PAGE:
Readers with long memories may recall Highmark’s earlier foray into a case-rate payment methodology for ophthalmologists, orthopedic surgeons and cardiologists, which was floated nearly 20 years ago but ultimately abandoned after meeting with resistance from the affected specialties. That system, developed by Highmark’s consultants Adesso Healthcare Information Service of San Jose, Calif., was designed to set reimbursements for each episode of care on a fixed rate for Highmark’s Medicare HMO population under its SelectBlue product. Specialist advocates and their medical societies (including ACMS) pushed back, citing lack of transparency, Adesso’s uneven track record in other markets, and Highmark’s use of its all-products clause to force participation in what was promoted as a voluntary program.

As was the case with the ill-fated Adesso effort, there are concerns that this True Performance program may trigger unintended consequences including penalizing or stigmatizing specialists who treat the most complicated cases, or discouraging them from accepting higher-risk patients. Highmark says the data used for the cost efficiency score will be risk adjusted for practices who see very sick patients, but it is unclear how those adjustments will be applied.  Notably, the first round of scores does not include a specialty-specific outcome or quality component. Highmark states that specific, standalone quality metrics for the seven specialties are currently under development and will be rolled out at a later time, but that the scores do take into account quality indicators such as appropriateness criteria for care delivery, readmission rates and emergency services utilization. Specialists were sent their reports two weeks prior to when the list was released to PCPs and given an opportunity to raise any concerns.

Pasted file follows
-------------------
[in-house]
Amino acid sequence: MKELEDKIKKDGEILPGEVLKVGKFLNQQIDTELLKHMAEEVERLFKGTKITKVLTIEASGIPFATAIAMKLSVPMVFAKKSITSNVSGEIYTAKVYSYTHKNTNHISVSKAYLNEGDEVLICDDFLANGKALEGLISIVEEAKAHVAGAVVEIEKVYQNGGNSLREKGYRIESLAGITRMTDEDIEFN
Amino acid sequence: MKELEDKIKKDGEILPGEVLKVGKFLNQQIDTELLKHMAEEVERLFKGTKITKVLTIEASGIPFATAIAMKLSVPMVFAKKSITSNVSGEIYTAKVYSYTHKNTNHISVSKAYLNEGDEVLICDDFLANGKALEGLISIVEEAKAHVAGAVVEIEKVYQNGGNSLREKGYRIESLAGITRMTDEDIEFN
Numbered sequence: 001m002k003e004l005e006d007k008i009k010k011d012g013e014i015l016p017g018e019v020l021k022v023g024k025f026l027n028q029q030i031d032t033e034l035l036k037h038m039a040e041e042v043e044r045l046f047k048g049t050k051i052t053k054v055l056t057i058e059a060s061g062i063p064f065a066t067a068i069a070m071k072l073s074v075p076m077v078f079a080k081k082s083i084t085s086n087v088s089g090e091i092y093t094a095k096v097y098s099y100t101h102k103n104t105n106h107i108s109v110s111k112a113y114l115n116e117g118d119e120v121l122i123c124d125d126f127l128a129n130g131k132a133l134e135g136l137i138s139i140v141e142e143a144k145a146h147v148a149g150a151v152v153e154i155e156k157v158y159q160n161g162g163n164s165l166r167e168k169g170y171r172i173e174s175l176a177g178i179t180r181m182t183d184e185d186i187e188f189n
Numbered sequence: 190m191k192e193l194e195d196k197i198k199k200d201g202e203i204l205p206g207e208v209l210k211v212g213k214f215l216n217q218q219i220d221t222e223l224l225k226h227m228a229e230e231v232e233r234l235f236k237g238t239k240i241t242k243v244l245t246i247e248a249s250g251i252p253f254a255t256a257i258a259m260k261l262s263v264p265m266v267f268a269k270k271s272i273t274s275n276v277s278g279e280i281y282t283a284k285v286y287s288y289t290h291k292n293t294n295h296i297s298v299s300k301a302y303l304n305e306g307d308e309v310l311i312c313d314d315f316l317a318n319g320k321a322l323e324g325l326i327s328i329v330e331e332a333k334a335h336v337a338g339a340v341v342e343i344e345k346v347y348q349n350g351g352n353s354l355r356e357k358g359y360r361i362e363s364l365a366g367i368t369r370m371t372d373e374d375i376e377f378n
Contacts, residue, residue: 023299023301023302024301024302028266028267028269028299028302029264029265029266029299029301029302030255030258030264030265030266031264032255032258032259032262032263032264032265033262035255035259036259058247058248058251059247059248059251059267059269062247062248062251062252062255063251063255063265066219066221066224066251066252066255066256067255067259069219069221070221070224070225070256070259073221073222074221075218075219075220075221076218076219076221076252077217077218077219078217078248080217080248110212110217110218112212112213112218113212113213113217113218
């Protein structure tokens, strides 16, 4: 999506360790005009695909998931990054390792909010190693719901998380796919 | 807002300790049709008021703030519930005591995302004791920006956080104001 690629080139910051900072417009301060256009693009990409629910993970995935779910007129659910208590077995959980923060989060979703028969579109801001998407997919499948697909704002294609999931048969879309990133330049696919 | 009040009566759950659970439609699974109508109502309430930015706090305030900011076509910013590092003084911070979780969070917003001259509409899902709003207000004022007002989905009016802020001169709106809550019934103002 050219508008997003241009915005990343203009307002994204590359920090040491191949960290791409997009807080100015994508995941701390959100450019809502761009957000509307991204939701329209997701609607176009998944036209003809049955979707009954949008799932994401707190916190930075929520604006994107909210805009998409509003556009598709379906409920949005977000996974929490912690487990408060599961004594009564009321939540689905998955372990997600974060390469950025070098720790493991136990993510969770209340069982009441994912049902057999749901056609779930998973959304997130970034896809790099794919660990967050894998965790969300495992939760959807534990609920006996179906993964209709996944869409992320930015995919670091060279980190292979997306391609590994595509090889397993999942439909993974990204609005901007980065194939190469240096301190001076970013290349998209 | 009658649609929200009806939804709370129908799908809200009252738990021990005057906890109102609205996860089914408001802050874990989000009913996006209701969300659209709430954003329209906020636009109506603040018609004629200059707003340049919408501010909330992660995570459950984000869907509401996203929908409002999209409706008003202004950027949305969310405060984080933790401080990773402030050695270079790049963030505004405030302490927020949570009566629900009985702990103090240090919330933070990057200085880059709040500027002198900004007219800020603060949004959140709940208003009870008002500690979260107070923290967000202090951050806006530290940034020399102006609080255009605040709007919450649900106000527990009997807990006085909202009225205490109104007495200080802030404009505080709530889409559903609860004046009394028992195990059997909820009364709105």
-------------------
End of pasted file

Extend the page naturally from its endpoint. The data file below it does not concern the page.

While it’s not a return to the capitation-and-gatekeeper days of earlier HMOs, the True Performance program does share some elements of those former approaches intended to incentivize PCPs to focus on costs and utilization beyond the four walls of their own offices.  Highmark reported that its subscribers who are seeing a PCP in the True Performance program had 11 percent fewer Emergency Room visits and 16 percent fewer inpatient admissions in 2017 than those seeing a PCP not in the program, and this was prior to the introduction of the specialist reports. They also report savings of $260 million in the program’s first year of operation.

Both PCPs and subspecialists will need to adapt to the evolving payment environment that increasingly measures population health and costs against benchmarks and takes into account factors beyond what each physician directly provides. ACOs, shared savings programs and gainsharing programs continue to erode the traditional fee-for-service model, and these programs will not remain voluntary for long. In fact, even physicians who do not affirmatively join these programs can be impacted by them as their data is managed and utilized to influence referral patterns. These efforts began in the private insurance community well before the Affordable Care Act expanded them to Medicare through the Shared Savings Program, and private insurers can be anticipated to expand them further if they can be shown to deliver results.